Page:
Post Number: 754
|Posted on Friday, August 18, 2006 - 3:01 pm: |
I've just been watching a BBC programme about hermann Leonard and his attempts to rebuild his collection of 10,000 or so prints of Jazz musicians. Aside from Leonards obvious losses, the programme spent alot of time dwelling on the after effects of katrina and how, even now nothing is being done by the government. I was especially moved by the plight of residents of the lower 9th district Which appears to have been the worst hit. Outside of the states, we've pretty much forgotten about the problems in New Orleans. For instance, we're not told that that the national guard have had to be brought back to control the escalating violence.
I found it amazing that the residents of New Orleans felt it absolutely neccessary to go ahead with mardi Gras this year despite the obvious difficulties. This programme has highlighted the problems in New orleans to me more than any news item.
Which, in a roundabout kind of way, brings me to wonder what has happened to Micheal's series 1?
Post Number: 703
|Posted on Friday, August 18, 2006 - 5:55 pm: |
Graeme - It really is still a mess here. But it is definately getting better. There are houses in my neighborhood that had to be torn down because of structural damage. I am still not in my home and it is coming up on a year since the storm! You are right. What is called the Lower 9th ward was the worst hit. But there are other areas with just as much devestation. It is strange that some areas did not get ANY flood water, but just a couple of blocks away, the water was up to the second story. I guess you guys can tell, I have had my fill of Katrina. Since the day I came back to this area, I have been working to rebuild. Both my house, and where I work. Hopefully we will be blessed in the future and not have another natural disaster.
On the bright side is that all of my neighbors have become much closer. It is though we are unified, all helping each other. Before the storm, I had dificulty hanging a picture. Now I am a carpenter, electrician, plumber, and brick layer! I have to admit that it has been quite a learning expierence.
Everyone here felt that Mardi Gras was neccessary and important. It HAD to go on. I was thrilled to be a part of it. I had the opportunity to play bass in the Krewe of Endymion. What a rush!!!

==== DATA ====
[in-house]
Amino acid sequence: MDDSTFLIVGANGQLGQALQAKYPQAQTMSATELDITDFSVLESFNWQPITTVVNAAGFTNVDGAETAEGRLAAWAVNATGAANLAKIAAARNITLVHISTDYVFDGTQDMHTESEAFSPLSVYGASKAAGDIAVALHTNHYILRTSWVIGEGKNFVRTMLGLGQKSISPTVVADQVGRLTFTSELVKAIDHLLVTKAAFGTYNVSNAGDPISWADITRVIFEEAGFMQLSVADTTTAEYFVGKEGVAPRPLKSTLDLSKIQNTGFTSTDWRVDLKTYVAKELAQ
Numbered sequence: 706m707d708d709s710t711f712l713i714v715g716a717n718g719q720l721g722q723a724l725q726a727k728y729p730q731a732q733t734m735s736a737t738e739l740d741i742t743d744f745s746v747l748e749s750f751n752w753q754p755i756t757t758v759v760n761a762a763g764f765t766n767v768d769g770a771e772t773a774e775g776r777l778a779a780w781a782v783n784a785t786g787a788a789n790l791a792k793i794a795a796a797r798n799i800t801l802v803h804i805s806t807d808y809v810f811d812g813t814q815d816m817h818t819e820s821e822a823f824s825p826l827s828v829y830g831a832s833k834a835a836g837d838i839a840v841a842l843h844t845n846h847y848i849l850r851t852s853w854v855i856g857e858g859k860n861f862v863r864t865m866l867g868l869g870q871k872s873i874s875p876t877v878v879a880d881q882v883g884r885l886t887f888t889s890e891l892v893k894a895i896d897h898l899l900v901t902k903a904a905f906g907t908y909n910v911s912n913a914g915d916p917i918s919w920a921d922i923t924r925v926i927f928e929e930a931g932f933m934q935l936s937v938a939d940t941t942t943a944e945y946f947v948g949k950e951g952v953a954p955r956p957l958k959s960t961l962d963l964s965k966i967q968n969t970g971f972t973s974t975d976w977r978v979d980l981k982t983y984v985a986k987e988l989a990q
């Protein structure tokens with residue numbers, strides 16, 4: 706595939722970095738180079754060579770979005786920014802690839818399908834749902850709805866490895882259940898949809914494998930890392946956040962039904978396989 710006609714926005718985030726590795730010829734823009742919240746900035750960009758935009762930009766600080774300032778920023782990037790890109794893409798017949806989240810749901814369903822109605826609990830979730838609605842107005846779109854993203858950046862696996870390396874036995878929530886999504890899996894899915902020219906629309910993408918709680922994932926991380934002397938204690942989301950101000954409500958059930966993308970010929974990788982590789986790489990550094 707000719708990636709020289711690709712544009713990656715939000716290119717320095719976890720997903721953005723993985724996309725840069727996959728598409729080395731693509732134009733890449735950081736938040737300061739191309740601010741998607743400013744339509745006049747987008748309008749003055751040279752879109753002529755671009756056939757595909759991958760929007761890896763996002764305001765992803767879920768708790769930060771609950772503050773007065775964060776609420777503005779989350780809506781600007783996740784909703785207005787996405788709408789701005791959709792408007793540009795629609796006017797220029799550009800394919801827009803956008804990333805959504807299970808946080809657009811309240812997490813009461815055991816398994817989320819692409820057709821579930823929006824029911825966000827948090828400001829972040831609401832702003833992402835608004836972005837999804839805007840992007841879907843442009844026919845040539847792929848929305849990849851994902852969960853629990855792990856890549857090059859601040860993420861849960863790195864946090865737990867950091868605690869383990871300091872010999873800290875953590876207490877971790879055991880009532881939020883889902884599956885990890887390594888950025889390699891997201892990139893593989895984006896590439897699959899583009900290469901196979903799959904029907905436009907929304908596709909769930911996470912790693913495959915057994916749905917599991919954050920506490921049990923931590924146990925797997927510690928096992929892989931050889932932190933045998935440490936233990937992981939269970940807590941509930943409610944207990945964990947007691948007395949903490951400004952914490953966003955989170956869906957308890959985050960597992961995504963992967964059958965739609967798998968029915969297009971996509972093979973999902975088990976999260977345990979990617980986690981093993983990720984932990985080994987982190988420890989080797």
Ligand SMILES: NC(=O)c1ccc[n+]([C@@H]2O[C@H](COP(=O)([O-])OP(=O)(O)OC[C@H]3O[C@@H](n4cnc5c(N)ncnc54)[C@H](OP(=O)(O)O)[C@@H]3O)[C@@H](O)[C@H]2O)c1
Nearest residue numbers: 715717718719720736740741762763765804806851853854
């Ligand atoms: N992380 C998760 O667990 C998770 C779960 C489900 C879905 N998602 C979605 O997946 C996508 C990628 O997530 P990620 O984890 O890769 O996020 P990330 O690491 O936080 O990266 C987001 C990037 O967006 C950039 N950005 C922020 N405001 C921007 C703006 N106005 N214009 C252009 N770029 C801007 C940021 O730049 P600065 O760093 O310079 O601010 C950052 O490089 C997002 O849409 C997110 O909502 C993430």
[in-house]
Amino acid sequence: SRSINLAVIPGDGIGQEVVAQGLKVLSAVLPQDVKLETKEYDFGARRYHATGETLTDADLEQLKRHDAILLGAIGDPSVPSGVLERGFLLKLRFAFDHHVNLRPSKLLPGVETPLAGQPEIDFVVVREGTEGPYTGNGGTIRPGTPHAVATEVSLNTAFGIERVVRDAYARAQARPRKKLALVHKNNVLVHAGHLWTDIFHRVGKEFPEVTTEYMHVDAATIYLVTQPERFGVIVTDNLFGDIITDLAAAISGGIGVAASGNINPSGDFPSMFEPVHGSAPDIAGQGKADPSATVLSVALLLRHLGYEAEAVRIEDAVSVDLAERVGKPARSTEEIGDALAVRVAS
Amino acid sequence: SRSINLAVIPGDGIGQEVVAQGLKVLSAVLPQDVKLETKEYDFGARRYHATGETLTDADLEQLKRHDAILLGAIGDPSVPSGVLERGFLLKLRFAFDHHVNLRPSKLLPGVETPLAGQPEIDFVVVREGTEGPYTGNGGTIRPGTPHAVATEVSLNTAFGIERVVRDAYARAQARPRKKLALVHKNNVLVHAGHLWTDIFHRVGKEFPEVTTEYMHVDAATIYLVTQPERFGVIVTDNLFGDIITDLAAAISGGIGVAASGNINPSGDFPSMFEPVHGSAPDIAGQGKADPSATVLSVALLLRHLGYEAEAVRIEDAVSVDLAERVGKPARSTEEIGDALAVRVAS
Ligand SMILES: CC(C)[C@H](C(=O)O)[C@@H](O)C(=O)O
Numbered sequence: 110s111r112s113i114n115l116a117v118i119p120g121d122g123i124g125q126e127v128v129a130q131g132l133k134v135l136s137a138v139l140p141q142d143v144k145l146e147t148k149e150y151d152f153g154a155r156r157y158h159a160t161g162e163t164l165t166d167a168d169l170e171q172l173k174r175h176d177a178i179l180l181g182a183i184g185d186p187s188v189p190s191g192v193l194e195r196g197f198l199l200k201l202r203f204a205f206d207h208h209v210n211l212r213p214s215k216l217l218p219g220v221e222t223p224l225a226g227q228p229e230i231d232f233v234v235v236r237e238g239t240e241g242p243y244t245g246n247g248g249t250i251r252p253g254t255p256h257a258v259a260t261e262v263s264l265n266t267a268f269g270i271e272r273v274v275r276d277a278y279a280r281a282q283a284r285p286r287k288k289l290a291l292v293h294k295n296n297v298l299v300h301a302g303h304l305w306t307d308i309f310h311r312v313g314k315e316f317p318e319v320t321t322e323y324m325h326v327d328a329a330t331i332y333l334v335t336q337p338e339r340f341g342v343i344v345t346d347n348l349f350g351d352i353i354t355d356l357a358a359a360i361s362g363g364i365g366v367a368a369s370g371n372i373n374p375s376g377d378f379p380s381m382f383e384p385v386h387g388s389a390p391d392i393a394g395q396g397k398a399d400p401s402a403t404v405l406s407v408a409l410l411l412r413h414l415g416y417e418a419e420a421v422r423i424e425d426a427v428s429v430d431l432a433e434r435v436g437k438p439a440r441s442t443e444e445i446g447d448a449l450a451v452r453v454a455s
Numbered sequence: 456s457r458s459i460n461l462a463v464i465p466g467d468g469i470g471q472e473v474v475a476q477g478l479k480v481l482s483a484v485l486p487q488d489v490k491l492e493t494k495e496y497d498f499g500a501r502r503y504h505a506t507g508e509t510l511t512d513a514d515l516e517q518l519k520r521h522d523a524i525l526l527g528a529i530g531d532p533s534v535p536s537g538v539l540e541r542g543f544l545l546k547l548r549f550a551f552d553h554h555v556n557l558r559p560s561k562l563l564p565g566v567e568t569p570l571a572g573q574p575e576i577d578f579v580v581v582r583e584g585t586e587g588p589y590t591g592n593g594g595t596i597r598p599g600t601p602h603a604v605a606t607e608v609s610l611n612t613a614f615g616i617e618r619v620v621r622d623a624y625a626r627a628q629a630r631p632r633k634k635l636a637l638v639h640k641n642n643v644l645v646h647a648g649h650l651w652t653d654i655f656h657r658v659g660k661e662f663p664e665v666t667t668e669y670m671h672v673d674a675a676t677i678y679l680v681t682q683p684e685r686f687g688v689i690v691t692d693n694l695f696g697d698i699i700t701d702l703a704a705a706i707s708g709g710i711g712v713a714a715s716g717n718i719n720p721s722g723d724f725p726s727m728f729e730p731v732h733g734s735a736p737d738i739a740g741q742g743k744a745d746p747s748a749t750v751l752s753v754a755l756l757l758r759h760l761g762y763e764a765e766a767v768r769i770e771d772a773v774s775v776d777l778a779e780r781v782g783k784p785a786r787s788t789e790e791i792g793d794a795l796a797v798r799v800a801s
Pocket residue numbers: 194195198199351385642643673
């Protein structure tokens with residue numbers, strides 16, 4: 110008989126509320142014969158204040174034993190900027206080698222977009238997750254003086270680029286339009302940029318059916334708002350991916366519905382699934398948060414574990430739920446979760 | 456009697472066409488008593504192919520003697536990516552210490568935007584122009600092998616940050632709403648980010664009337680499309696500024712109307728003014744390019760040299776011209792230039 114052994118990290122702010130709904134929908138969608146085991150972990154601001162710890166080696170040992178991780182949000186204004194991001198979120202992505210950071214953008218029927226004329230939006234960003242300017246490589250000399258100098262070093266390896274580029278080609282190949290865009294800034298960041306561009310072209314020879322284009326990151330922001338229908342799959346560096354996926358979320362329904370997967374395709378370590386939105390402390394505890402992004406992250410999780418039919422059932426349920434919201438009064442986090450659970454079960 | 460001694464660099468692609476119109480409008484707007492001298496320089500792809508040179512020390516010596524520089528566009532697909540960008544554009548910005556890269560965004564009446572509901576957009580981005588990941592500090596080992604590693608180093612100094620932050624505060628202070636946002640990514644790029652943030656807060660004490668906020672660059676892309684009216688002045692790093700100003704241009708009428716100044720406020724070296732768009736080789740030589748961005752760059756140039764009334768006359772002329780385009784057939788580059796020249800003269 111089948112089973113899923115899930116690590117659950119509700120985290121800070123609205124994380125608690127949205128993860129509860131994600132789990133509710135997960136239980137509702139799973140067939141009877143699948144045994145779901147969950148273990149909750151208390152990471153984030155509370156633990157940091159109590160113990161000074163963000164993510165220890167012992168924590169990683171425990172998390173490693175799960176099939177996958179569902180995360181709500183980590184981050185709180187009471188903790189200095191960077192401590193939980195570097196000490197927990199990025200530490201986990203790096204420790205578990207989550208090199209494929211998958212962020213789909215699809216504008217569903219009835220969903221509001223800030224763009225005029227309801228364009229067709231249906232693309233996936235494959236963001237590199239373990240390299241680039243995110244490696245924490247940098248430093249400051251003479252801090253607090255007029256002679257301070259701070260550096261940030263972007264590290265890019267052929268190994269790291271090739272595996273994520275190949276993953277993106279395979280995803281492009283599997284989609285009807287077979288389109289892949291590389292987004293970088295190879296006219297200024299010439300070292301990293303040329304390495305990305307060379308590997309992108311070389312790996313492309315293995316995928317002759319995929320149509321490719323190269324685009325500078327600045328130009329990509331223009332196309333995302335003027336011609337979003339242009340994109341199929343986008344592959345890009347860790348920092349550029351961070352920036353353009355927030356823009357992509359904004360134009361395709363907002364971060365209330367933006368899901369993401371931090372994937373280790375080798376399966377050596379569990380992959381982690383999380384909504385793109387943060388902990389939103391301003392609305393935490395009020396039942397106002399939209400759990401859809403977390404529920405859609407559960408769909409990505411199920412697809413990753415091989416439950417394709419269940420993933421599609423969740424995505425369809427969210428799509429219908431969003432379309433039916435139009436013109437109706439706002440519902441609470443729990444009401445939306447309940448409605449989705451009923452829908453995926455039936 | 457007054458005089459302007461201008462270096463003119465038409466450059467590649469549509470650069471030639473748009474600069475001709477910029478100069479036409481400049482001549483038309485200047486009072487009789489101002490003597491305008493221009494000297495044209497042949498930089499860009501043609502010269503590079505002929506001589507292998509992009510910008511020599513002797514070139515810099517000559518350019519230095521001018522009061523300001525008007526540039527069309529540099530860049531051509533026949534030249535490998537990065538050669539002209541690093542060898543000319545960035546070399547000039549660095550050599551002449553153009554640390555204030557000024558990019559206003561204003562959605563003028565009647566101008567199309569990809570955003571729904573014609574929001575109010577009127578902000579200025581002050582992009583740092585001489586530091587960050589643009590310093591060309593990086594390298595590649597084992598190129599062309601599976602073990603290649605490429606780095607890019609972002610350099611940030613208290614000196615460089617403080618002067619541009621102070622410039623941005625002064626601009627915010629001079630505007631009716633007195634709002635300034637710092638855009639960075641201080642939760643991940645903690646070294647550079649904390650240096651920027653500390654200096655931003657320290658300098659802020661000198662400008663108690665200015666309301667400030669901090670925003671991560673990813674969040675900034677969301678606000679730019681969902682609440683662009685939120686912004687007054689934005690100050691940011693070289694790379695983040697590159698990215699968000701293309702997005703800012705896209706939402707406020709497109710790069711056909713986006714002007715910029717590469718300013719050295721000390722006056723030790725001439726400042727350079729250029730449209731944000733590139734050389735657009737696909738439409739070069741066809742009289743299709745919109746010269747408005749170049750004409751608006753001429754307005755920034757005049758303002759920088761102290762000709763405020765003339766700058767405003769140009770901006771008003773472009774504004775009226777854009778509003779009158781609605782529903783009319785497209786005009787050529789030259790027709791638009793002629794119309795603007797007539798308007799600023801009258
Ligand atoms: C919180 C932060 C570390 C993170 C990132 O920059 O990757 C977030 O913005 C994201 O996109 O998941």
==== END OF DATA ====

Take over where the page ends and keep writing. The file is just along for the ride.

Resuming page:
The national guard was called in early on because the city was lawless. People looting, and killing each other for gasoline. Pity. For a while though we were back on our feet with no help, but the crime got out of control. There were many murders every night. As soon as people started fixing up their houses, the stealing started. Folks were stealing wiring and copper pipes out of houses just to sell it by the pound! It got REAL bad. I am glad the Nationl Guard was called back. They really make a difference around here. I go out of my way to let them know how much they are appreciated here.
I am very lucky.
Post Number: 2449
|Posted on Saturday, August 19, 2006 - 1:30 am: |
Bro Michael, I am with you and supporting on a distance. The National Geographic did an astonishing and breathtaking articl eonthe Katrina visit in New Orleans.
I was really wooried knowing you -and other friends- were in that mess!
Keep the good faith!
Post Number: 91
|Posted on Saturday, August 19, 2006 - 8:15 pm: |
One of the few positive things for me about Katrina was that a little while back, Michael and I had the oportunity to have a little post-hurricane Alembic show-and-tell. We got to take a little breather from re-building and shared some of our instruments. Michael is such an expert. I have to say I learn something new about Alembic every time I talk to him. It is too bad neither of us had a camera that day. It was very nice to meet him in person as well as his lovely family. By the way Michael I do have a bass I would like to show you. I am out of town at the moment but I'll call you when I get there.